It’s not too late: Clinical trial seeking participants with chronic Thyroid Eye Disease (TED)


Posted: April 04, 2022 | Word Count: 301

Imagine living for years, sometimes decades, with debilitating eye symptoms that not only affect your day-to-day activities, but often get written off or misdiagnosed by doctors. This is the unfortunate reality for many people living with a rare autoimmune condition called Thyroid Eye Disease (TED).

With TED, the immune system mistakenly attacks the muscle and fat tissue behind the eyes, causing inflammation and scar tissue to form. This can lead to bothersome and incapacitating eye symptoms like pain and bulging, double vision, redness and irritation and more.

TED is commonly experienced in two phases: the acute or active phase, when symptoms come on suddenly and may get worse quickly, followed by the chronic or inactive phase 1-3 years later, when symptoms feel more stable and less changing. But despite periods of stability, TED and its symptoms may never fully go away. As is common with autoimmune conditions, TED symptoms can flare, or come back, at any point, even in the chronic phase.

Treatment for TED

Until recently, steroids and invasive surgery were the standard of care for treating TED. Fortunately, additional options have become available to help treat TED, leading to a reduction in many symptoms, including eye bulging and double vision — but more research is needed for people who have had TED for longer than two years.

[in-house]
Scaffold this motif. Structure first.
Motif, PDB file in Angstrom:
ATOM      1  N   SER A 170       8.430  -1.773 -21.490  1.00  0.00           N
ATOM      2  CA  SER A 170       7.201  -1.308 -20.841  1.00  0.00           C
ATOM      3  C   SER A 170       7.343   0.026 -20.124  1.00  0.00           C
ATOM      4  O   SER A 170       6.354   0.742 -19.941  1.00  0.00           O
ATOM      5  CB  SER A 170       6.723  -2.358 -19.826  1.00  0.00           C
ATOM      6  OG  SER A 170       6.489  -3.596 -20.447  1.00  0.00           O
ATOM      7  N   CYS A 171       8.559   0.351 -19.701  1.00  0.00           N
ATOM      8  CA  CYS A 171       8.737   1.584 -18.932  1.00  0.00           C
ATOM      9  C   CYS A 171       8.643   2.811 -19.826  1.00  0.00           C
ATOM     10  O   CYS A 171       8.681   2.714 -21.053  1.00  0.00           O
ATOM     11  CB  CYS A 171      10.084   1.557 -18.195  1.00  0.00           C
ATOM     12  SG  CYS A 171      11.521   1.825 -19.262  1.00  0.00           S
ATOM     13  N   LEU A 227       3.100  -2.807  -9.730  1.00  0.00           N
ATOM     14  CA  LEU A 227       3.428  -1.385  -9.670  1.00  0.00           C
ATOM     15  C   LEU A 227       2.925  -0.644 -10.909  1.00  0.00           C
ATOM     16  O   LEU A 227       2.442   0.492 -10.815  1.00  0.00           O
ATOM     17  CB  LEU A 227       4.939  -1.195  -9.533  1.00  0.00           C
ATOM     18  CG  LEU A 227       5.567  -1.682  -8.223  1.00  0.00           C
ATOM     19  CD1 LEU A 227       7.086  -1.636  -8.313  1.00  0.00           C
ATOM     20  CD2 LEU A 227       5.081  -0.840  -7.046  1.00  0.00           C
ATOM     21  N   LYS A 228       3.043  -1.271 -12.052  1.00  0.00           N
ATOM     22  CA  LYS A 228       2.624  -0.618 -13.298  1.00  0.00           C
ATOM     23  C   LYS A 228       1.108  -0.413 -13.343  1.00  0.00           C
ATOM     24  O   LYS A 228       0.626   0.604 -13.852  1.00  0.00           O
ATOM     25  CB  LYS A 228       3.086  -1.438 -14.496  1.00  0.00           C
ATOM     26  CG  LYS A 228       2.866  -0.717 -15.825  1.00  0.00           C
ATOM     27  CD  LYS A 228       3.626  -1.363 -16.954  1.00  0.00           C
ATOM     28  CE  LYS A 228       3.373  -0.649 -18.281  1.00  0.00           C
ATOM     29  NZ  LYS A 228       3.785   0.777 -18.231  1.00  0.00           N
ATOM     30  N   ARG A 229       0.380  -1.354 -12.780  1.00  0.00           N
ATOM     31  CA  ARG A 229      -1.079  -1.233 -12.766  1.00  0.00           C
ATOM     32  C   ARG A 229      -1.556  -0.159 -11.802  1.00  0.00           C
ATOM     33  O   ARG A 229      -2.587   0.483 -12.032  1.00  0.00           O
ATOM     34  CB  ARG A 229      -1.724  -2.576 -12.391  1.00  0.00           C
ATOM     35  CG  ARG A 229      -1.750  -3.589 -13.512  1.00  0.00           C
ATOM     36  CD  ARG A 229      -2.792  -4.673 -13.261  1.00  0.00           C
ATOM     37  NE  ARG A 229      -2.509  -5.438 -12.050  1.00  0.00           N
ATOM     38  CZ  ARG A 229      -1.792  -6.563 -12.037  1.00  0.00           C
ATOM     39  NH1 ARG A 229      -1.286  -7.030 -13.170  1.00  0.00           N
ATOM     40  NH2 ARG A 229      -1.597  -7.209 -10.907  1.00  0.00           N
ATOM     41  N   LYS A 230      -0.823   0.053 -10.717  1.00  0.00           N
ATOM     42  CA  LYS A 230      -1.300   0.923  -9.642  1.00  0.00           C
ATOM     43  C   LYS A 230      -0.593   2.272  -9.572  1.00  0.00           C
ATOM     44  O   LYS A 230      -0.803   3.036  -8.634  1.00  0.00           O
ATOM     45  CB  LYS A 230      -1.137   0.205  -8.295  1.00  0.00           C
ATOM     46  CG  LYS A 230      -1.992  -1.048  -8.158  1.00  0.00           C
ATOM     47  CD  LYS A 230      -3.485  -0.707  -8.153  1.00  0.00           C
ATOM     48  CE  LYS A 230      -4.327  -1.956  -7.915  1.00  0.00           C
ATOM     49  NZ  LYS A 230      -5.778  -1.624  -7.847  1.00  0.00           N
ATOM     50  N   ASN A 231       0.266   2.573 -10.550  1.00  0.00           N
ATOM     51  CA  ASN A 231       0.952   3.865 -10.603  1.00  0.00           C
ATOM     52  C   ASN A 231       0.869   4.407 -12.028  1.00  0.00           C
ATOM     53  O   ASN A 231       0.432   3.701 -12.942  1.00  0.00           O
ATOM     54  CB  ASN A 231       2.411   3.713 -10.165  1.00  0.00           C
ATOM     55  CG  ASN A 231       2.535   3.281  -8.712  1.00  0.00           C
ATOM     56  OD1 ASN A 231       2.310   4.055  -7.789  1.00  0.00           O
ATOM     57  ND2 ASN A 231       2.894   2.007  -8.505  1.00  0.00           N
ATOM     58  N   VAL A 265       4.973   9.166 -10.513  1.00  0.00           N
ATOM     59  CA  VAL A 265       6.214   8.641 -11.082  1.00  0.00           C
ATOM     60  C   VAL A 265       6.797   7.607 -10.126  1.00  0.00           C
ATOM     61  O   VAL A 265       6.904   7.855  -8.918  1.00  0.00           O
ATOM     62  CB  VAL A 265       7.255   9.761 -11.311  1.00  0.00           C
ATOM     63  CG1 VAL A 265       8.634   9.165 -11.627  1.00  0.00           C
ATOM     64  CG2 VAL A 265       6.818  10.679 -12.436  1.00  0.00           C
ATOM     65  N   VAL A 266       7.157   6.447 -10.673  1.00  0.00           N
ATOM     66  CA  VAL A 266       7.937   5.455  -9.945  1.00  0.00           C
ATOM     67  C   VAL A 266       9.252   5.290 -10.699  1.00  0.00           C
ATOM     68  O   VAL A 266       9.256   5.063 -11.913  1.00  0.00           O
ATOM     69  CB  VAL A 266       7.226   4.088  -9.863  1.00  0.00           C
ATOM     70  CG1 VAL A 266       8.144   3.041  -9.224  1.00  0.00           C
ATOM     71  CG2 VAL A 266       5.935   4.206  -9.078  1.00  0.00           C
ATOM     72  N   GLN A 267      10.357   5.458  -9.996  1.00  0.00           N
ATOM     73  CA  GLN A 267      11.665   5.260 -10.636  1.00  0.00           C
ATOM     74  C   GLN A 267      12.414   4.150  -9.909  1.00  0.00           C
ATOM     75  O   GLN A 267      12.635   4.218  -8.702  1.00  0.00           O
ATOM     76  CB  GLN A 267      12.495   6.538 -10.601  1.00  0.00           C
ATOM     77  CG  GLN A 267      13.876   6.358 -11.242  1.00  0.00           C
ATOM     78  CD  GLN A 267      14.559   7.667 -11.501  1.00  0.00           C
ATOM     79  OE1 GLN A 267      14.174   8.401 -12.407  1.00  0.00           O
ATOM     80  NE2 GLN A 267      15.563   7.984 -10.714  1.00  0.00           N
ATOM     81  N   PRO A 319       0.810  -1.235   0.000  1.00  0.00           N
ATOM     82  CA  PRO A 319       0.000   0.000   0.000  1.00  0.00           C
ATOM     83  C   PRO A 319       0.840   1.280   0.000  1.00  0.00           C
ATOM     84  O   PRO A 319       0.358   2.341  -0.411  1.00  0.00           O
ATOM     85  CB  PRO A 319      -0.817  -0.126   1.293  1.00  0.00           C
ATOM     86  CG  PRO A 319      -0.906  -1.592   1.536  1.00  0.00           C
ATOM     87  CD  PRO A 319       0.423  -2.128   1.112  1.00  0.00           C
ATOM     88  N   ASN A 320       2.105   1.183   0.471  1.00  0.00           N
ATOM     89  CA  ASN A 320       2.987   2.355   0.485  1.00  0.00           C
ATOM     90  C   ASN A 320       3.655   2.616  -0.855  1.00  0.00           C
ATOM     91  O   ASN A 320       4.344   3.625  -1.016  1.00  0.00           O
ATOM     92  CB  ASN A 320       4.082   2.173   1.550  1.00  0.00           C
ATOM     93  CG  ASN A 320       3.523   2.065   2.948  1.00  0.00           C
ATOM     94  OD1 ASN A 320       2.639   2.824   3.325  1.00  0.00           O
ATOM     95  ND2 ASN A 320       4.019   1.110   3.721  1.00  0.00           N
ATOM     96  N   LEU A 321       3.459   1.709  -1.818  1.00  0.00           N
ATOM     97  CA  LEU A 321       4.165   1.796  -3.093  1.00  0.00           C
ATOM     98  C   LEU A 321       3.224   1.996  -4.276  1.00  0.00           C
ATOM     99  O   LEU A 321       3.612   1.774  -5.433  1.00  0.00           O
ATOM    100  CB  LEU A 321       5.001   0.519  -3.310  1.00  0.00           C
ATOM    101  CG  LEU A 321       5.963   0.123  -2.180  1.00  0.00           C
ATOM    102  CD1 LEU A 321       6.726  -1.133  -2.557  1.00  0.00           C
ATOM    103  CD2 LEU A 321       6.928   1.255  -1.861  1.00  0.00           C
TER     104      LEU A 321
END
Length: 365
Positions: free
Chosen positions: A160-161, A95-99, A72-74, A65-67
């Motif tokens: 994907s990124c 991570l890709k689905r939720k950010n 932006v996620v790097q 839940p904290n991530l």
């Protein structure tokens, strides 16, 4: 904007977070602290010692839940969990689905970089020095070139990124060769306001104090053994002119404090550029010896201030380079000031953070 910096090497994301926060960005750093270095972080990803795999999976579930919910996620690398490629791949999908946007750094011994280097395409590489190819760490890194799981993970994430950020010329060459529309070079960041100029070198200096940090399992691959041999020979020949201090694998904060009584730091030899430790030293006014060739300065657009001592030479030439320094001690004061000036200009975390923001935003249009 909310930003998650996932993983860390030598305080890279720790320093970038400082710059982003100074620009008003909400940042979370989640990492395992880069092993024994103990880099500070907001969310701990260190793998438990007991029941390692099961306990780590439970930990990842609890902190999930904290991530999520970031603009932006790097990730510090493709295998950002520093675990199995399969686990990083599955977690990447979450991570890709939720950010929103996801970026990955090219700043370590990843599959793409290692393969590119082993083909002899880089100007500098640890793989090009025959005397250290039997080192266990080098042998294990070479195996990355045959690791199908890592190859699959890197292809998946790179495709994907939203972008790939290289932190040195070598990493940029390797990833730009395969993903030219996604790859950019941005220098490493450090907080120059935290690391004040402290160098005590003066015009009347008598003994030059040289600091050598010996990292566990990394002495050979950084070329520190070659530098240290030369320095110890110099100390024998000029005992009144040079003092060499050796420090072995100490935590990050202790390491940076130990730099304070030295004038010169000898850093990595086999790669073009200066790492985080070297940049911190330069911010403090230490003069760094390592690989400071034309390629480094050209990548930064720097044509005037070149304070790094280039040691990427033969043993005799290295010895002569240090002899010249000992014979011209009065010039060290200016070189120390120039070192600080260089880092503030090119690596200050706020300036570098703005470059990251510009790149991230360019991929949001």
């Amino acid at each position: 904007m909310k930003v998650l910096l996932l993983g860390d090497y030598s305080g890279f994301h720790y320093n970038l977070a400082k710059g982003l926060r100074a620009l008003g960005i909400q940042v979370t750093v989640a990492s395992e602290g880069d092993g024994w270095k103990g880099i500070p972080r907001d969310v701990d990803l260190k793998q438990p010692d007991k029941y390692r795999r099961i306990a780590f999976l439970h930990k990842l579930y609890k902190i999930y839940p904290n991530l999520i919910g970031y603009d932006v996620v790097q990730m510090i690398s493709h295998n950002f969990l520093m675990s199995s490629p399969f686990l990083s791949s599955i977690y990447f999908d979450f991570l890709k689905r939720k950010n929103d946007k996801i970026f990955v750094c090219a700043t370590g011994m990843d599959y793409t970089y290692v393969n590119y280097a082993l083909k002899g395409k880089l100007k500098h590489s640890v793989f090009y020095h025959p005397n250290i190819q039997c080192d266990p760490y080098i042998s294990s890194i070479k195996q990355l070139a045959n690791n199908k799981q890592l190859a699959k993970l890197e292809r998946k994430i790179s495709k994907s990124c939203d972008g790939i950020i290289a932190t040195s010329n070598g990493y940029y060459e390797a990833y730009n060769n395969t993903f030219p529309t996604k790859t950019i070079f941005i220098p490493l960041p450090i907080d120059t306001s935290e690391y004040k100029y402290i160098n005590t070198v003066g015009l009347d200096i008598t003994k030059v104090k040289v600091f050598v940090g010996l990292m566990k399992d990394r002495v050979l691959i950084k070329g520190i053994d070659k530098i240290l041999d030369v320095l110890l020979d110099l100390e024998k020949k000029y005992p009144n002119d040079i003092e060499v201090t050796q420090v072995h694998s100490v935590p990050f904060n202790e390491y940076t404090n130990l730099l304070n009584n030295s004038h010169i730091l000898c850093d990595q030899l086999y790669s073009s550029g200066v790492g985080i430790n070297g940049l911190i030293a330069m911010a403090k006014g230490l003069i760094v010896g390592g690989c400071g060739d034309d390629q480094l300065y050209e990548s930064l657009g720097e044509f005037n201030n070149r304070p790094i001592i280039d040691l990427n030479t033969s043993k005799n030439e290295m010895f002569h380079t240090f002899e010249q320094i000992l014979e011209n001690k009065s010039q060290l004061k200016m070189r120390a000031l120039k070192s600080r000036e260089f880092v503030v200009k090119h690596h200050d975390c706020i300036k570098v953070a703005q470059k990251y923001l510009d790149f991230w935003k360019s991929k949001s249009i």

Chronic TED Study

Researchers are looking for more patients to participate in a trial to assess the safety and benefits of teprotumumab-trbw, an already FDA-approved treatment, in people with chronic (inactive) TED. Clinical trials, also known as research studies, help researchers determine how safe and effective treatments are for certain diseases.

If you live with TED, ask your doctor about enrolling in a clinical trial. To learn more about the study, and to see if you may qualify to participate, please visit www.ChronicTEDStudy.com.

This article is available to download for free use in print and online publications. If you must edit the article, please include at least one brand reference. All articles must retain the (BPT) or Brandpoint byline.
Download this Article